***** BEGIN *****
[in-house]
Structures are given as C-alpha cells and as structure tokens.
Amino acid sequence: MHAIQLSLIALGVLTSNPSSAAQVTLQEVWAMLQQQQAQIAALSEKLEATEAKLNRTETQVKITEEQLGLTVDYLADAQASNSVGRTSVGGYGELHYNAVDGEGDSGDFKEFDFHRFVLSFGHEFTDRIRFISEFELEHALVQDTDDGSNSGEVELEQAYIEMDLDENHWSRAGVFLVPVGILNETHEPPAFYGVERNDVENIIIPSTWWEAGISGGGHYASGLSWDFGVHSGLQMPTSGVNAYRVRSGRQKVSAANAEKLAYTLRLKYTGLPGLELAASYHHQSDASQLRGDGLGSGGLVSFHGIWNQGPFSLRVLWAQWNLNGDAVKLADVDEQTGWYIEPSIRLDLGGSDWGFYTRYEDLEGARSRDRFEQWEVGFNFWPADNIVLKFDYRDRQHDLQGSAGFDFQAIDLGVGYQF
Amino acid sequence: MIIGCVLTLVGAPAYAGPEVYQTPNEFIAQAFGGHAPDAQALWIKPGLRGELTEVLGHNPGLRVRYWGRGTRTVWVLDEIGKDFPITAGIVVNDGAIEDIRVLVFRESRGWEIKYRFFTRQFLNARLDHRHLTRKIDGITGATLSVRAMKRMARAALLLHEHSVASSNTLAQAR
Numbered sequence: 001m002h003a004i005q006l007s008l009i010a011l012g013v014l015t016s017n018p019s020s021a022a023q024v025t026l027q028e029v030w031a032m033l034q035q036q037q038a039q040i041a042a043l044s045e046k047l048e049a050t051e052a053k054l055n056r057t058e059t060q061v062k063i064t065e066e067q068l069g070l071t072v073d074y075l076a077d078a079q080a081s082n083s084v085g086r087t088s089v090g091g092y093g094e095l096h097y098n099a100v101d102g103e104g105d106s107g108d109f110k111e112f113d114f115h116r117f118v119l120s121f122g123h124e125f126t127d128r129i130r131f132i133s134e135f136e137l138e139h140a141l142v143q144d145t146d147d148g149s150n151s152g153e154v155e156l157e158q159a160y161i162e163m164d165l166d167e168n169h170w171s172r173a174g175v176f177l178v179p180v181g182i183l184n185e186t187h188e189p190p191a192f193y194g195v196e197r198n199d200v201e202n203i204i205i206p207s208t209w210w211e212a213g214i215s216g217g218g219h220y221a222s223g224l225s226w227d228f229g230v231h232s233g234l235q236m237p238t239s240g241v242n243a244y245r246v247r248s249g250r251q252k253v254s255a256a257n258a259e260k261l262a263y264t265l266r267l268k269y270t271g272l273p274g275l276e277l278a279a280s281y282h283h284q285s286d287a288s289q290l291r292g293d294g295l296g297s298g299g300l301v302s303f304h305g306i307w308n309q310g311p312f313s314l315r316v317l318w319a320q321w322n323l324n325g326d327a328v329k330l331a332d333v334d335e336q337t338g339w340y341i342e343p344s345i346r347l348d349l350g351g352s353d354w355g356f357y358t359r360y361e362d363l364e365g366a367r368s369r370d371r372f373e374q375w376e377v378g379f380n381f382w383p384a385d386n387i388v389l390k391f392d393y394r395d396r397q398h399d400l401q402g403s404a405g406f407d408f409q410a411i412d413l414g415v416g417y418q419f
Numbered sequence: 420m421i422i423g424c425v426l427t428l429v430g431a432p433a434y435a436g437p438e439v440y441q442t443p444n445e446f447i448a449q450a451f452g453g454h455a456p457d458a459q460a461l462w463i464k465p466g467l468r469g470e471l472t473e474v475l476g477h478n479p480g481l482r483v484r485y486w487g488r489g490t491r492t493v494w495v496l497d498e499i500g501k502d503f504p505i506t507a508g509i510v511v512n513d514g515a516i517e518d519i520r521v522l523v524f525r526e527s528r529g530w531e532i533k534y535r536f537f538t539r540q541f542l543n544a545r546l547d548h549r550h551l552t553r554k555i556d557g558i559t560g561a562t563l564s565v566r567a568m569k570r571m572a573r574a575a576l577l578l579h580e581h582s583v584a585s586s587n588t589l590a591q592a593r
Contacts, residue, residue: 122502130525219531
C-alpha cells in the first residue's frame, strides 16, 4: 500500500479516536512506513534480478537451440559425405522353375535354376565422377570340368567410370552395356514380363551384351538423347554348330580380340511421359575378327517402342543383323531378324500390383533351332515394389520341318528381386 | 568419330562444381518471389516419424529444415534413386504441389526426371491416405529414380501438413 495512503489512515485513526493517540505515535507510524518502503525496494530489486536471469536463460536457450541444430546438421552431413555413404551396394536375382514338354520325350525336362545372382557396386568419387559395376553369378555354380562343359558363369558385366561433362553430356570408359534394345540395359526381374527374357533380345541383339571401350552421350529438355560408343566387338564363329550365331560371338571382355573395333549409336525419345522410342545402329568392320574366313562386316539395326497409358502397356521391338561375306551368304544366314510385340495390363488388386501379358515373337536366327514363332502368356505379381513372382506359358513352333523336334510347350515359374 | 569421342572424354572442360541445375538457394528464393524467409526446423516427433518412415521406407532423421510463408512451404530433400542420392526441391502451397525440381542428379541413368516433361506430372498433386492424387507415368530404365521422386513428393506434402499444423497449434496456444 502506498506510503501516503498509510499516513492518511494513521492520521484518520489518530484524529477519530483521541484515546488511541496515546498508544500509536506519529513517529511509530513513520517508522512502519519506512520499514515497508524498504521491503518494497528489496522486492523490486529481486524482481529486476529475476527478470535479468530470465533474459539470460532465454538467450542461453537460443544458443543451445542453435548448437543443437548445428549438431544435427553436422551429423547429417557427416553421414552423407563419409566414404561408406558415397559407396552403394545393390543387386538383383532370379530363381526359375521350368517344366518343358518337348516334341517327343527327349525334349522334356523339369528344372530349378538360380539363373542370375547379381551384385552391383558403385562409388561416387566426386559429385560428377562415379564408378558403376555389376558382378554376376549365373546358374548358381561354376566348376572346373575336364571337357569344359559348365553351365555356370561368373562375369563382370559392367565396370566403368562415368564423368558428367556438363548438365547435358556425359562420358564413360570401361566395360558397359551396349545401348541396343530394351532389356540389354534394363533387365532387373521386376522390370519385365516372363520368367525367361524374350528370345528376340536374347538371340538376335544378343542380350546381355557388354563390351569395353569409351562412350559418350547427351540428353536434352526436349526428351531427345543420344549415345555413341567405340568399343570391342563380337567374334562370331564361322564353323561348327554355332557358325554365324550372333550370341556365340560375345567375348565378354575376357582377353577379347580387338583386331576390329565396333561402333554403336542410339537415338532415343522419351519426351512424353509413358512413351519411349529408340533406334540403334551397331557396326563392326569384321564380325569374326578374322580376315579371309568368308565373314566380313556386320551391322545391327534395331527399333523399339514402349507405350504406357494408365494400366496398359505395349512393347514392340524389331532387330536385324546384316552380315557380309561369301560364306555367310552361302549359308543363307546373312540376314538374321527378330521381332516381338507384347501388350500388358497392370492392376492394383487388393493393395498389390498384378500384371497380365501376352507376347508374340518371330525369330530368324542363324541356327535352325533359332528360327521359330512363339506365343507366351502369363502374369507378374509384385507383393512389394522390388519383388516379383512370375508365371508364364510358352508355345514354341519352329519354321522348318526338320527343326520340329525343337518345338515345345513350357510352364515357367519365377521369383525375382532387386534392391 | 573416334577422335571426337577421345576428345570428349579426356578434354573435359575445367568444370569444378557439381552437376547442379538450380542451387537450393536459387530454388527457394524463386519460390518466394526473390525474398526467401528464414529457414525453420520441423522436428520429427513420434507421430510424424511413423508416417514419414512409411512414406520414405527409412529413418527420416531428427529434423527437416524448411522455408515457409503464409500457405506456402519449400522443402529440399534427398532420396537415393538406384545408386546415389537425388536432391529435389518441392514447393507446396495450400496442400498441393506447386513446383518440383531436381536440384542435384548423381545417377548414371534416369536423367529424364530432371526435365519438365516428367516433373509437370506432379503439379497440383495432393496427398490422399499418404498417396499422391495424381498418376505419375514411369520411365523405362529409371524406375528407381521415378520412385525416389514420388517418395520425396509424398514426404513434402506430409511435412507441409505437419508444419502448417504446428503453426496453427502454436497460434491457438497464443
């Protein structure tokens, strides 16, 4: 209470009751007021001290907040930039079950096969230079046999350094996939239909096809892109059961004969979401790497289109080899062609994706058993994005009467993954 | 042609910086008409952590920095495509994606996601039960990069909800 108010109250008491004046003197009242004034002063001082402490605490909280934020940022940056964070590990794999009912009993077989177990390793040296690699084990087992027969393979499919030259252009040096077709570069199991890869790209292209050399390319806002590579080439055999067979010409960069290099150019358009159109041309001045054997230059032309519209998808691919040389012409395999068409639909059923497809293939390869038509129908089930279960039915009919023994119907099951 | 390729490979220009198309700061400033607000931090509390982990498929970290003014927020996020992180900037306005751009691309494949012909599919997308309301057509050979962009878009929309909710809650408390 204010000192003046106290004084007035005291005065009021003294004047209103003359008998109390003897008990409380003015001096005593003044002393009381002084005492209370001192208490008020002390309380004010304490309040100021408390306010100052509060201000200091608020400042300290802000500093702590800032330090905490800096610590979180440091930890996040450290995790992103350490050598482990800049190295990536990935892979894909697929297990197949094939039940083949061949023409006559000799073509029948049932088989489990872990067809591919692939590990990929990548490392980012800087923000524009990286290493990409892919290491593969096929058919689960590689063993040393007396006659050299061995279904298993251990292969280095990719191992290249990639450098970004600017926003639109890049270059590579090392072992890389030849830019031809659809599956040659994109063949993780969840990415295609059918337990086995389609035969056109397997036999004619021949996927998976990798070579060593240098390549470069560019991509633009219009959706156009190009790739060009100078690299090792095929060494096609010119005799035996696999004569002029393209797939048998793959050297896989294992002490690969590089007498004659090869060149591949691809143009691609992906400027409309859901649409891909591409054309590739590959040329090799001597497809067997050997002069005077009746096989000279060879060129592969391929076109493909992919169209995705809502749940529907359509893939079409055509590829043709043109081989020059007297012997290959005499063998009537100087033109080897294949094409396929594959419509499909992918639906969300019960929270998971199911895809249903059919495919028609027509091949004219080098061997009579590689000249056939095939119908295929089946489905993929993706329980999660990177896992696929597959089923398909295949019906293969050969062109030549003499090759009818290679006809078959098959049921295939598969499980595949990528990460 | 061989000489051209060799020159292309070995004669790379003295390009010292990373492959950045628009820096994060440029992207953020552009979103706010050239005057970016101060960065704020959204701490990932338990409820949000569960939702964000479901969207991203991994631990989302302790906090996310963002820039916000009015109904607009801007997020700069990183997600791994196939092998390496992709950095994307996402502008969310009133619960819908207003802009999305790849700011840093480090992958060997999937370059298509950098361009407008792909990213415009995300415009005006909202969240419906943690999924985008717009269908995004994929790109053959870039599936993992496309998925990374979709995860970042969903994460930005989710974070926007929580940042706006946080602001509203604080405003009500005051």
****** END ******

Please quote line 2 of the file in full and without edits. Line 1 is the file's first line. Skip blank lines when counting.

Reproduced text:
Structures are given as C-alpha cells and as structure tokens.